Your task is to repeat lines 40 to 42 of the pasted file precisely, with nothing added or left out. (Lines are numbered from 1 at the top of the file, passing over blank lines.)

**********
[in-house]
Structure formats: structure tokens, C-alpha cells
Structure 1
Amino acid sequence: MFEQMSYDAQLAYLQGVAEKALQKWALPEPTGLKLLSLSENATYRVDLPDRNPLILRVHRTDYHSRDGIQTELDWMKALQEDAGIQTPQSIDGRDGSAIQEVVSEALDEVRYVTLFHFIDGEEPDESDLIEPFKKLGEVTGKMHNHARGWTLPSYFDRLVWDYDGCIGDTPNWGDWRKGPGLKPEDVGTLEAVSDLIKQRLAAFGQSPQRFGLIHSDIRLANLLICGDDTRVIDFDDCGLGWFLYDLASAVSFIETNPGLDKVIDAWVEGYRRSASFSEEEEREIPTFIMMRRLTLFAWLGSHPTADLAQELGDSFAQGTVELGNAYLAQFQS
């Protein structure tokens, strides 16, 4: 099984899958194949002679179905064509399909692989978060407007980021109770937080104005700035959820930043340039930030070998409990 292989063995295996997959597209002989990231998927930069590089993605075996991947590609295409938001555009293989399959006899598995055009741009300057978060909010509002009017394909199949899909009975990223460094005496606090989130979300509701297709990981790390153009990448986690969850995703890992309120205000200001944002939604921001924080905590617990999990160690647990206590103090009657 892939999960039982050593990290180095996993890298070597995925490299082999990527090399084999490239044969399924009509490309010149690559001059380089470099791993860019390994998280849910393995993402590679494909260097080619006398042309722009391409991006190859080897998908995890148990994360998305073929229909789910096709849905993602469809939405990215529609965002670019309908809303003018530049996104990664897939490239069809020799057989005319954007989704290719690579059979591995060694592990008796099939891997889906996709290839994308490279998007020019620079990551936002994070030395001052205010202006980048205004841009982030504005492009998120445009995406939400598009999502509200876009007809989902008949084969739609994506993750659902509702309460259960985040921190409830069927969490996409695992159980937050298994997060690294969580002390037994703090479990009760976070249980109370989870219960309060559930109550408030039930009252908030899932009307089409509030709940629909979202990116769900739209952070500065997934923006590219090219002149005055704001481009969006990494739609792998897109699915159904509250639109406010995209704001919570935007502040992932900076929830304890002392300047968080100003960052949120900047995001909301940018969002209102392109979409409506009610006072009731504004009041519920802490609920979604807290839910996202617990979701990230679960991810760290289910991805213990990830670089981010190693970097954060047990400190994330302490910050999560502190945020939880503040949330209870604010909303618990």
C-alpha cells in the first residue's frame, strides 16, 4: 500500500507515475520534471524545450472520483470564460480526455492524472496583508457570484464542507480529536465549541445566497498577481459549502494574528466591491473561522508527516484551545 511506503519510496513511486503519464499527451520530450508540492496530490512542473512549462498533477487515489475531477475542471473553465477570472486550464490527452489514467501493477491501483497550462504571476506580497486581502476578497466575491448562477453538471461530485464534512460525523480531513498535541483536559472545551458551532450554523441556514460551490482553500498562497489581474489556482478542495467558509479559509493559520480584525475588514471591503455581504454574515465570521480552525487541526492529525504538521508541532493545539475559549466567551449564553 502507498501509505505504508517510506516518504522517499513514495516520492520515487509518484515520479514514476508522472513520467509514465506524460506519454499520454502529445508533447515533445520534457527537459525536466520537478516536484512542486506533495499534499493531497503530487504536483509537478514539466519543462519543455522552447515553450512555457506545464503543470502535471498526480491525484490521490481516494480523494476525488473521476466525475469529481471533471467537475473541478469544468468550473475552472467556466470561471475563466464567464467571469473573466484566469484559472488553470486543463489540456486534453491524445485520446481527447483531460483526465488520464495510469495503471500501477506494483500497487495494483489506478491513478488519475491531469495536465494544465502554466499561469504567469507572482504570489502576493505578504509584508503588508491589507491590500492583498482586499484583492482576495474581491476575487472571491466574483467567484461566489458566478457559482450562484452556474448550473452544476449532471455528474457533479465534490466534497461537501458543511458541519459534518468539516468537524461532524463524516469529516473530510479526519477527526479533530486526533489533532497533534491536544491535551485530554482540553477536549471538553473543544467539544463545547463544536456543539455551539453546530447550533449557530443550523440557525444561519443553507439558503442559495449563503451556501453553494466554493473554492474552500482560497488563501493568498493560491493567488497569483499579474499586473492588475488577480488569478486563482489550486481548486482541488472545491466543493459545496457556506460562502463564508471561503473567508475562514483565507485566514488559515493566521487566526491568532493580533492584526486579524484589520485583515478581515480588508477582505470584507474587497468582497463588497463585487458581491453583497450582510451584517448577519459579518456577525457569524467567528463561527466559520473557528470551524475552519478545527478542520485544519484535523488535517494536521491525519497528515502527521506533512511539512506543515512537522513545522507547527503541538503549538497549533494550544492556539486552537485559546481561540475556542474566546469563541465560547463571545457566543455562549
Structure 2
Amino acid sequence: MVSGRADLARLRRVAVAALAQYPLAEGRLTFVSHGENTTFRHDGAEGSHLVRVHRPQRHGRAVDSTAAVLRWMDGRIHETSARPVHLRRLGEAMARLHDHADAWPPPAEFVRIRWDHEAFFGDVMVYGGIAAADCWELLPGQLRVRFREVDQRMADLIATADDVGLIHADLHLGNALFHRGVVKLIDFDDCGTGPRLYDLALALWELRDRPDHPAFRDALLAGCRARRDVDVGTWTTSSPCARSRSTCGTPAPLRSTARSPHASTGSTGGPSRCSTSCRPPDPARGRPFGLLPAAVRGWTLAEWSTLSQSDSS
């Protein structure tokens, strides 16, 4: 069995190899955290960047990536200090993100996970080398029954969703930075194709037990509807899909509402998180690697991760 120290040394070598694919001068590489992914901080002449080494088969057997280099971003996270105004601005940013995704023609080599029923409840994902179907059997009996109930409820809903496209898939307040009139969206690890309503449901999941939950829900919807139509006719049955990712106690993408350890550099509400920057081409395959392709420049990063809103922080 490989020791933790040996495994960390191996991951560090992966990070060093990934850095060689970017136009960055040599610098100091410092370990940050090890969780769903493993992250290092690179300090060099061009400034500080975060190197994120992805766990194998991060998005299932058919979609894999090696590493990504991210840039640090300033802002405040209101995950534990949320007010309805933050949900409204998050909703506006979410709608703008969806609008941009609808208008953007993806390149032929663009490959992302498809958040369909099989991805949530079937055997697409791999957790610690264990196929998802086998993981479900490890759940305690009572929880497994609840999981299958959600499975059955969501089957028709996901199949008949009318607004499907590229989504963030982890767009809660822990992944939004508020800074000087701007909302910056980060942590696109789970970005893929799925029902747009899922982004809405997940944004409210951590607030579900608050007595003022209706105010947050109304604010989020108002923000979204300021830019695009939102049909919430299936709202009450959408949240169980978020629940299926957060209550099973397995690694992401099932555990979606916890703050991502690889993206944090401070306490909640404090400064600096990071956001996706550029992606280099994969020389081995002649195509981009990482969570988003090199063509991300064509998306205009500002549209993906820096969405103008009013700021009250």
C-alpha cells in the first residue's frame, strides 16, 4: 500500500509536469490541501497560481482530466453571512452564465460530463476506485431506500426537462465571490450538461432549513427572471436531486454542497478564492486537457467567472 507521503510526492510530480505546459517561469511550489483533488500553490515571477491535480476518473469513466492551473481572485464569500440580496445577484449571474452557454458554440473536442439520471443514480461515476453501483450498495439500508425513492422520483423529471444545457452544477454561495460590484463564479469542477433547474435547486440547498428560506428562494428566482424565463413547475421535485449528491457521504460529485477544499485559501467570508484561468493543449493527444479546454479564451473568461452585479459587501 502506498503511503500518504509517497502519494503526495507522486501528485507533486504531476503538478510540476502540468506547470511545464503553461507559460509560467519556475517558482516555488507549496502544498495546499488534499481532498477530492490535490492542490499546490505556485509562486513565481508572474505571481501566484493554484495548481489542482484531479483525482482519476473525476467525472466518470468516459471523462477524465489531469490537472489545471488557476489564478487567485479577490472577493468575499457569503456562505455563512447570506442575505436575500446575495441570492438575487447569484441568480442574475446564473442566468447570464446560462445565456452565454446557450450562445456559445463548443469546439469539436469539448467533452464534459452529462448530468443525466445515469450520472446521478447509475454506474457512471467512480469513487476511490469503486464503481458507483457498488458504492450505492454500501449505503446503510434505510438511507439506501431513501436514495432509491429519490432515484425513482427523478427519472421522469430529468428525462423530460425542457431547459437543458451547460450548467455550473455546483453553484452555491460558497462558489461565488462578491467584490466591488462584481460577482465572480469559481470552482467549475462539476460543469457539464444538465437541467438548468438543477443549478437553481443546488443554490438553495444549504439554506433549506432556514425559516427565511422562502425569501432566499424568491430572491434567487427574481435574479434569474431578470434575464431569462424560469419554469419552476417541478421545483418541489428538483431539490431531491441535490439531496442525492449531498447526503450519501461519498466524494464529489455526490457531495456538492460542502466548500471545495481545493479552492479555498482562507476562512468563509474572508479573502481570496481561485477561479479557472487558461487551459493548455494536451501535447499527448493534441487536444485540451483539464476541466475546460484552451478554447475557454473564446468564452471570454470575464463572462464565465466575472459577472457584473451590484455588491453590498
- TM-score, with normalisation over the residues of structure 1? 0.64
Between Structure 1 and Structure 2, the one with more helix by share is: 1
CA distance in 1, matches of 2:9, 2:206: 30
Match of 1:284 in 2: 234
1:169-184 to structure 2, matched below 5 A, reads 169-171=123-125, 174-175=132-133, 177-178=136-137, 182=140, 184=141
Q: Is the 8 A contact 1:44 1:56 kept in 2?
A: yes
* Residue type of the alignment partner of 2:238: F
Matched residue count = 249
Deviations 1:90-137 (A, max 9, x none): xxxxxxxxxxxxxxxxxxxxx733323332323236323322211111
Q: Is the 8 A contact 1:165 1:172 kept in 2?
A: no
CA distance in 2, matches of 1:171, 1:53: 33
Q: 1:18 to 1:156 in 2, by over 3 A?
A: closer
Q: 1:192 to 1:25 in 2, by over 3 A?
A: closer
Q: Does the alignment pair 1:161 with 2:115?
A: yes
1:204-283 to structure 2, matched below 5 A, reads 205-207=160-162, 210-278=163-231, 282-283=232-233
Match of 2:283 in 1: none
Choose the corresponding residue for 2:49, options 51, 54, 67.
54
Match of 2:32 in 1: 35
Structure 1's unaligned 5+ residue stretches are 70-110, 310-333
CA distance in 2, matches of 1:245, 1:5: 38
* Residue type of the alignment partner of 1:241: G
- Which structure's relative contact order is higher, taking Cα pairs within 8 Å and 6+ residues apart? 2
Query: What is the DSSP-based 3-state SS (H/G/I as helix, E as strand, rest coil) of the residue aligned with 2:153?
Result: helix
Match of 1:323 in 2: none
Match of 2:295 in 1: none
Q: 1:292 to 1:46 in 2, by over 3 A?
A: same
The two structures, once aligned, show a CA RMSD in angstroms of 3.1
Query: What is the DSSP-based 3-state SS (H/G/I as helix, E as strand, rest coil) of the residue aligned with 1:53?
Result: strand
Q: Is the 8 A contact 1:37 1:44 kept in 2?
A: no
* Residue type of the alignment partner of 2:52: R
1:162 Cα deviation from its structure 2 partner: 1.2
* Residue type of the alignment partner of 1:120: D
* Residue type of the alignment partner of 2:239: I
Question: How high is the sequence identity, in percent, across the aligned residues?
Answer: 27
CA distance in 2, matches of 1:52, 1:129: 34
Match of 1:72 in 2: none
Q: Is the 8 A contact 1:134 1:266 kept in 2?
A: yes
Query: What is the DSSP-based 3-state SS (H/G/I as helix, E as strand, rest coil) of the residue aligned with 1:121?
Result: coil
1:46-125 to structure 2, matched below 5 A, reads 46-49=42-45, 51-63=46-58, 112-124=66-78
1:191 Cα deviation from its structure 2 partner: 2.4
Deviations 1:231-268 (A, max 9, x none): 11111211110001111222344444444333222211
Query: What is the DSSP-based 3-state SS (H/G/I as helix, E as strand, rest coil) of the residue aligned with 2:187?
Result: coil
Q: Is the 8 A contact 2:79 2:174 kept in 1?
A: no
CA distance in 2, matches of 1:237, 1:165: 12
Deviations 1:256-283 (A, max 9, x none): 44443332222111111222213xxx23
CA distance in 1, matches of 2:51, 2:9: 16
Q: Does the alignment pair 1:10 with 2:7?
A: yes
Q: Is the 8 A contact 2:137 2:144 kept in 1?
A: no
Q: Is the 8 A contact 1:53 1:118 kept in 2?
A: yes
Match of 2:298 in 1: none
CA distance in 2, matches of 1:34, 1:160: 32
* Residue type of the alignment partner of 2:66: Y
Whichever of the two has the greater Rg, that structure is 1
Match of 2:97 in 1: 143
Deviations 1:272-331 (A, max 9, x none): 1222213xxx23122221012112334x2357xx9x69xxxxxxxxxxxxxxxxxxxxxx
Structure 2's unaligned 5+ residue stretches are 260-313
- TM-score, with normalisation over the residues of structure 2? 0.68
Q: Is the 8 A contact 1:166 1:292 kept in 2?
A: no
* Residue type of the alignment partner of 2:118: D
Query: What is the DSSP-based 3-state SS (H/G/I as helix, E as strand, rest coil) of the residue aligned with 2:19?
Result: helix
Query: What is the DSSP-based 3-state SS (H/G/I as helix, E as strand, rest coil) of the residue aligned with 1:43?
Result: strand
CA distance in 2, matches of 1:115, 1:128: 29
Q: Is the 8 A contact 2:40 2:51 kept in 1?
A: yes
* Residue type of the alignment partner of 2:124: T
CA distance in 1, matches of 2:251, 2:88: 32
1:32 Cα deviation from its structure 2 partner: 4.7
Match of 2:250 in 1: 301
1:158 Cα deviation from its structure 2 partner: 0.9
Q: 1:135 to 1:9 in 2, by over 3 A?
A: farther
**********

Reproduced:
Result: helix
Match of 1:323 in 2: none
Match of 2:295 in 1: none